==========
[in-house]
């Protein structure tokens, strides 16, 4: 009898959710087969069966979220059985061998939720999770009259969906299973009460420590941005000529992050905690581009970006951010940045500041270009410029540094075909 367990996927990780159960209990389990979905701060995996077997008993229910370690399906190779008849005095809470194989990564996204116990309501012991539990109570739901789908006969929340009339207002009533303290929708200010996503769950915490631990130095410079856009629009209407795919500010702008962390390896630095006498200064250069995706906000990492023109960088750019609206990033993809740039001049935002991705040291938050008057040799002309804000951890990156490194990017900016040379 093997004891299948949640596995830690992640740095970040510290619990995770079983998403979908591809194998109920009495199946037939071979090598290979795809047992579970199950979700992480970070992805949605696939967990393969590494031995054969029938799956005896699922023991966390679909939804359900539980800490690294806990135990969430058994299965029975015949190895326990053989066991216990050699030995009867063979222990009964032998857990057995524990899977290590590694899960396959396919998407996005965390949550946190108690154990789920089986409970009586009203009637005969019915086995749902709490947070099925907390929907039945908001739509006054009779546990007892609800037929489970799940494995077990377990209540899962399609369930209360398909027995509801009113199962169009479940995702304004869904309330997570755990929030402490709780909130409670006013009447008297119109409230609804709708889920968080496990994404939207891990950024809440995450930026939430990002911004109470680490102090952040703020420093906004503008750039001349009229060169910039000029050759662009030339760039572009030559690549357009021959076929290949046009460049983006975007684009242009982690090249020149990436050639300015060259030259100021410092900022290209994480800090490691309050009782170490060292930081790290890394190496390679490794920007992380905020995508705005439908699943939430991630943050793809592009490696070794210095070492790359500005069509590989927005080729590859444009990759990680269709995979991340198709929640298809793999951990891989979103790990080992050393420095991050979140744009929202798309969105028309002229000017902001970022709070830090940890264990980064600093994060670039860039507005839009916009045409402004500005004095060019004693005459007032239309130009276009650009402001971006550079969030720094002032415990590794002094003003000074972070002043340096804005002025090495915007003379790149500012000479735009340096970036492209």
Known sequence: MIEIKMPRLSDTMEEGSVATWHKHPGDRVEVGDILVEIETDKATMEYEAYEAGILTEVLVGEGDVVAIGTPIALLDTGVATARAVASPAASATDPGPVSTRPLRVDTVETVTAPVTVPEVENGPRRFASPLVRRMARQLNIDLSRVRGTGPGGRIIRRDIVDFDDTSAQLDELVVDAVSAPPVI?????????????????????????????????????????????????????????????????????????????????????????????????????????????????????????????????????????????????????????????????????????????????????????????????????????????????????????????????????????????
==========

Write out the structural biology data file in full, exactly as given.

[in-house]
């Protein structure tokens, strides 16, 4: 009898959710087969069966979220059985061998939720999770009259969906299973009460420590941005000529992050905690581009970006951010940045500041270009410029540094075909 367990996927990780159960209990389990979905701060995996077997008993229910370690399906190779008849005095809470194989990564996204116990309501012991539990109570739901789908006969929340009339207002009533303290929708200010996503769950915490631990130095410079856009629009209407795919500010702008962390390896630095006498200064250069995706906000990492023109960088750019609206990033993809740039001049935002991705040291938050008057040799002309804000951890990156490194990017900016040379 093997004891299948949640596995830690992640740095970040510290619990995770079983998403979908591809194998109920009495199946037939071979090598290979795809047992579970199950979700992480970070992805949605696939967990393969590494031995054969029938799956005896699922023991966390679909939804359900539980800490690294806990135990969430058994299965029975015949190895326990053989066991216990050699030995009867063979222990009964032998857990057995524990899977290590590694899960396959396919998407996005965390949550946190108690154990789920089986409970009586009203009637005969019915086995749902709490947070099925907390929907039945908001739509006054009779546990007892609800037929489970799940494995077990377990209540899962399609369930209360398909027995509801009113199962169009479940995702304004869904309330997570755990929030402490709780909130409670006013009447008297119109409230609804709708889920968080496990994404939207891990950024809440995450930026939430990002911004109470680490102090952040703020420093906004503008750039001349009229060169910039000029050759662009030339760039572009030559690549357009021959076929290949046009460049983006975007684009242009982690090249020149990436050639300015060259030259100021410092900022290209994480800090490691309050009782170490060292930081790290890394190496390679490794920007992380905020995508705005439908699943939430991630943050793809592009490696070794210095070492790359500005069509590989927005080729590859444009990759990680269709995979991340198709929640298809793999951990891989979103790990080992050393420095991050979140744009929202798309969105028309002229000017902001970022709070830090940890264990980064600093994060670039860039507005839009916009045409402004500005004095060019004693005459007032239309130009276009650009402001971006550079969030720094002032415990590794002094003003000074972070002043340096804005002025090495915007003379790149500012000479735009340096970036492209």
Known sequence: MIEIKMPRLSDTMEEGSVATWHKHPGDRVEVGDILVEIETDKATMEYEAYEAGILTEVLVGEGDVVAIGTPIALLDTGVATARAVASPAASATDPGPVSTRPLRVDTVETVTAPVTVPEVENGPRRFASPLVRRMARQLNIDLSRVRGTGPGGRIIRRDIVDFDDTSAQLDELVVDAVSAPPVI?????????????????????????????????????????????????????????????????????????????????????????????????????????????????????????????????????????????????????????????????????????????????????????????????????????????????????????????????????????????